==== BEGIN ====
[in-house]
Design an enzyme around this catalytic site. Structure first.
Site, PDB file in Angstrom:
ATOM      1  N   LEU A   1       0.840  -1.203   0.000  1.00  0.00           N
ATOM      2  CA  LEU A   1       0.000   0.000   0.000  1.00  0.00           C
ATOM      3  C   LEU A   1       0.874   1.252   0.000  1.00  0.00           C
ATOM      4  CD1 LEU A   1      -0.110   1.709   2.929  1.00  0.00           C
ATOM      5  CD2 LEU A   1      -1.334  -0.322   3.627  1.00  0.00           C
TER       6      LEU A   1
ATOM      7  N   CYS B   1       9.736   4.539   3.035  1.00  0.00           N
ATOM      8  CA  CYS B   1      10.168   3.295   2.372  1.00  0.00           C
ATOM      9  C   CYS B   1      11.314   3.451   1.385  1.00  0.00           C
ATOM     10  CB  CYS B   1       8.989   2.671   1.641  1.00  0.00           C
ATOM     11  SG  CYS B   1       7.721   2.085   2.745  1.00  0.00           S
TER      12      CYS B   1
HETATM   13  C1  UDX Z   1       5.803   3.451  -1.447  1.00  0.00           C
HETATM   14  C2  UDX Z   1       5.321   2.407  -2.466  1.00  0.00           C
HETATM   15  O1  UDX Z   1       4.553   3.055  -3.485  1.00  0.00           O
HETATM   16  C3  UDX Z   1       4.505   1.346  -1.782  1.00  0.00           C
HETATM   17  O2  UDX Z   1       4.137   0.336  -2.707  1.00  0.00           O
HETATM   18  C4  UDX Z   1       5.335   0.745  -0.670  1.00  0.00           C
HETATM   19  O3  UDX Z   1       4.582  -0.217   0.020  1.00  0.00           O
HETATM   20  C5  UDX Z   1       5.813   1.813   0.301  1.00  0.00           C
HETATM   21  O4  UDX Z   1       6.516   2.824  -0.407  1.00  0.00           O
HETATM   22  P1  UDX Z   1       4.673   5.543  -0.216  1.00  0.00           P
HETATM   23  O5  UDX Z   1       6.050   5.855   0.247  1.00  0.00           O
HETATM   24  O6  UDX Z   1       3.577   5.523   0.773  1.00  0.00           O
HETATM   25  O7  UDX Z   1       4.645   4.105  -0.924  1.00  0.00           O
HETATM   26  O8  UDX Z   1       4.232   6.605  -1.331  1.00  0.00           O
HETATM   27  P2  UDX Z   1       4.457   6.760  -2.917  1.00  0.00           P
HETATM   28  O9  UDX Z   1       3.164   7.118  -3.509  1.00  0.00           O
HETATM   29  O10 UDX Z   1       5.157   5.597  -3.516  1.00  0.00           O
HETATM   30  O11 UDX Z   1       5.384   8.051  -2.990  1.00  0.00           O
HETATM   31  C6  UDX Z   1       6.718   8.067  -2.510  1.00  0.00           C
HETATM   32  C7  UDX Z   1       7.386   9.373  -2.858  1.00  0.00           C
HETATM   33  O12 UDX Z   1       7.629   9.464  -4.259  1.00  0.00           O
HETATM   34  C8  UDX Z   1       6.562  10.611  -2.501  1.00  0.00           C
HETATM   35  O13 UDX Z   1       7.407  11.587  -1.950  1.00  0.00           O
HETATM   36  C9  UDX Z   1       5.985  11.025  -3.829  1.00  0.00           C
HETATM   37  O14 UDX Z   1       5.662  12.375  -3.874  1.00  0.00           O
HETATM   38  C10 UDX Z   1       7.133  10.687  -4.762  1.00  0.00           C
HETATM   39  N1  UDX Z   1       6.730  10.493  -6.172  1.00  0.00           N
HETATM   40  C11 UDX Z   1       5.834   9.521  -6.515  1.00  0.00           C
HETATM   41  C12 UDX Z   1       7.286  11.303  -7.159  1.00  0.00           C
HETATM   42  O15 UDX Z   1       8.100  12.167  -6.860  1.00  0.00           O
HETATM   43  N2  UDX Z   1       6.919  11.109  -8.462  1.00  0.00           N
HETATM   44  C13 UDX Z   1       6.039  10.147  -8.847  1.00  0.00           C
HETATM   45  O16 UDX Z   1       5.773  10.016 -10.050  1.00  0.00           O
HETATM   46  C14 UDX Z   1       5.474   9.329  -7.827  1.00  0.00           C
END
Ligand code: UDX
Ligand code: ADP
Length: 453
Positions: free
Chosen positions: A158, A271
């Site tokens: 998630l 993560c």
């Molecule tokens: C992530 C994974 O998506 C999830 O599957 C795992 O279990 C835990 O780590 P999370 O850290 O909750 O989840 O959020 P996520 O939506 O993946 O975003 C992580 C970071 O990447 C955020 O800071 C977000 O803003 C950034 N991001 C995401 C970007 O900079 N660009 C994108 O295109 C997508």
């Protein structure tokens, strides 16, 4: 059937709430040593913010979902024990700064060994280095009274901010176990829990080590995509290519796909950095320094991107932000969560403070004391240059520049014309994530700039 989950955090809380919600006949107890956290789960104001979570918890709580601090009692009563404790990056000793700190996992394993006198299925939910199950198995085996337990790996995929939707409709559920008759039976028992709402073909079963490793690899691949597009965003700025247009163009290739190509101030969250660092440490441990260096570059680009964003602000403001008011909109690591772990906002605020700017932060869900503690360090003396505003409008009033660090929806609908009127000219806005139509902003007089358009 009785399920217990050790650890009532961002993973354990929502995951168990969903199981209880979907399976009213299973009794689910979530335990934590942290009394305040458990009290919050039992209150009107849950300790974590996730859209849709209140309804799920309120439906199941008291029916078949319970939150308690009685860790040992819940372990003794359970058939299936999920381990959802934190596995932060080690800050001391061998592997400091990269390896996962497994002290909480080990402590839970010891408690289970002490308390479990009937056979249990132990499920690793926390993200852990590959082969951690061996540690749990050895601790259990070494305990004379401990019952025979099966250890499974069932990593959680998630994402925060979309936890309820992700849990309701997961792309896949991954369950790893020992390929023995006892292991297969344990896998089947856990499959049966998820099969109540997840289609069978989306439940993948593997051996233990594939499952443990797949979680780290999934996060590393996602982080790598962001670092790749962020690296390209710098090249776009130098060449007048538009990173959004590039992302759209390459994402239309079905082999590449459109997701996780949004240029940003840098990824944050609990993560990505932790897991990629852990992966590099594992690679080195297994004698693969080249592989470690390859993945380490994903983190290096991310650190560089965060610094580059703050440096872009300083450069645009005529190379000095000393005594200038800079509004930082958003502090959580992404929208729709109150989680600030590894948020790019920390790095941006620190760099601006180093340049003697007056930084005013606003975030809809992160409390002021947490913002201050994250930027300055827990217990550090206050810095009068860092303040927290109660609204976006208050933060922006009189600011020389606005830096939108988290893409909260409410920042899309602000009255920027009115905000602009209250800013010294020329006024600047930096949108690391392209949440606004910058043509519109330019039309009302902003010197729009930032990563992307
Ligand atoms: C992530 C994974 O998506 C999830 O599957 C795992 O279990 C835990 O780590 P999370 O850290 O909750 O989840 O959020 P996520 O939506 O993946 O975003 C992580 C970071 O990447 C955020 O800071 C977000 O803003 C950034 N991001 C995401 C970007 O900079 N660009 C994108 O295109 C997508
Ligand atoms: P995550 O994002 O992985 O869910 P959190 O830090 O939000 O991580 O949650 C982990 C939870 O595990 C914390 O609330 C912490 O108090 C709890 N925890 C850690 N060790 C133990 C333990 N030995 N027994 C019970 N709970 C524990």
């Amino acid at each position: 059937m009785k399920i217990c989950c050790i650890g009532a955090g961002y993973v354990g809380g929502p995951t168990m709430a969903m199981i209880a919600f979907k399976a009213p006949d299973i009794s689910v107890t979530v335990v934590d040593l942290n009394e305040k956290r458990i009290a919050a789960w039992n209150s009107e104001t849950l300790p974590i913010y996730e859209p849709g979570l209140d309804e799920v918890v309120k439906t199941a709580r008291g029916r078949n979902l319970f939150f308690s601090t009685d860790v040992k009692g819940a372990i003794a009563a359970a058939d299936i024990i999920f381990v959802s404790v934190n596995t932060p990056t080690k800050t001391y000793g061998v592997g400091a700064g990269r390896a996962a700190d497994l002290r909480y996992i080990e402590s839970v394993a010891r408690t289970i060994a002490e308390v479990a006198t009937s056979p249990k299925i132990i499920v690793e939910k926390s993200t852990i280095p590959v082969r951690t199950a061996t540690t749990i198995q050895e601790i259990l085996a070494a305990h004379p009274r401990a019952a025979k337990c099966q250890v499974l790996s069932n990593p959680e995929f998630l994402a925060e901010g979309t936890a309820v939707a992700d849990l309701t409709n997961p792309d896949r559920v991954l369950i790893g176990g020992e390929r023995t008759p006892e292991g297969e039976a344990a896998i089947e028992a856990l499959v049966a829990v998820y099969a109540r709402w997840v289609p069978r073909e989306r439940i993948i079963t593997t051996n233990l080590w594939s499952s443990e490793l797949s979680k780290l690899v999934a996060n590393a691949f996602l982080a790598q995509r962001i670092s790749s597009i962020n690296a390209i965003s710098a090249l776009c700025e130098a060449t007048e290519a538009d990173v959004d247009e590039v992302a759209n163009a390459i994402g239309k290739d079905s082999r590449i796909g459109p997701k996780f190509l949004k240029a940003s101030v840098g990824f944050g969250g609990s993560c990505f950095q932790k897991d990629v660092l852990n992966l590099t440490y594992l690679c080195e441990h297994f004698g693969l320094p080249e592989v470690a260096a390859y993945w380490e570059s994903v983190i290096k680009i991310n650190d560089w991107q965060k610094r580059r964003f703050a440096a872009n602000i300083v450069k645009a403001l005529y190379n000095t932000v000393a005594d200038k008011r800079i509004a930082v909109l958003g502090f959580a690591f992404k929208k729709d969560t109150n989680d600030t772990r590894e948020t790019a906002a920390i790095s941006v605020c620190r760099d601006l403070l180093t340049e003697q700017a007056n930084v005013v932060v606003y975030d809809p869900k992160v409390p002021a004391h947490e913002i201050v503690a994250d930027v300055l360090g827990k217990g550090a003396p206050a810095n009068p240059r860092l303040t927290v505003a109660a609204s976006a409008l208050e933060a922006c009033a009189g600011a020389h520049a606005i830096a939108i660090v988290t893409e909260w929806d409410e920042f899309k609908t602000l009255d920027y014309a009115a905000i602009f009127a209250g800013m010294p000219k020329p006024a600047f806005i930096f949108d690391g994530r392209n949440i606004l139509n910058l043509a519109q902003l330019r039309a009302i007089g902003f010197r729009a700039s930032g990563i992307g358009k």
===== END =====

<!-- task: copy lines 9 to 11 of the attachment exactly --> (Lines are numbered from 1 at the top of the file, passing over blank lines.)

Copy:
TER       6      LEU A   1
ATOM      7  N   CYS B   1       9.736   4.539   3.035  1.00  0.00           N
ATOM      8  CA  CYS B   1      10.168   3.295   2.372  1.00  0.00           C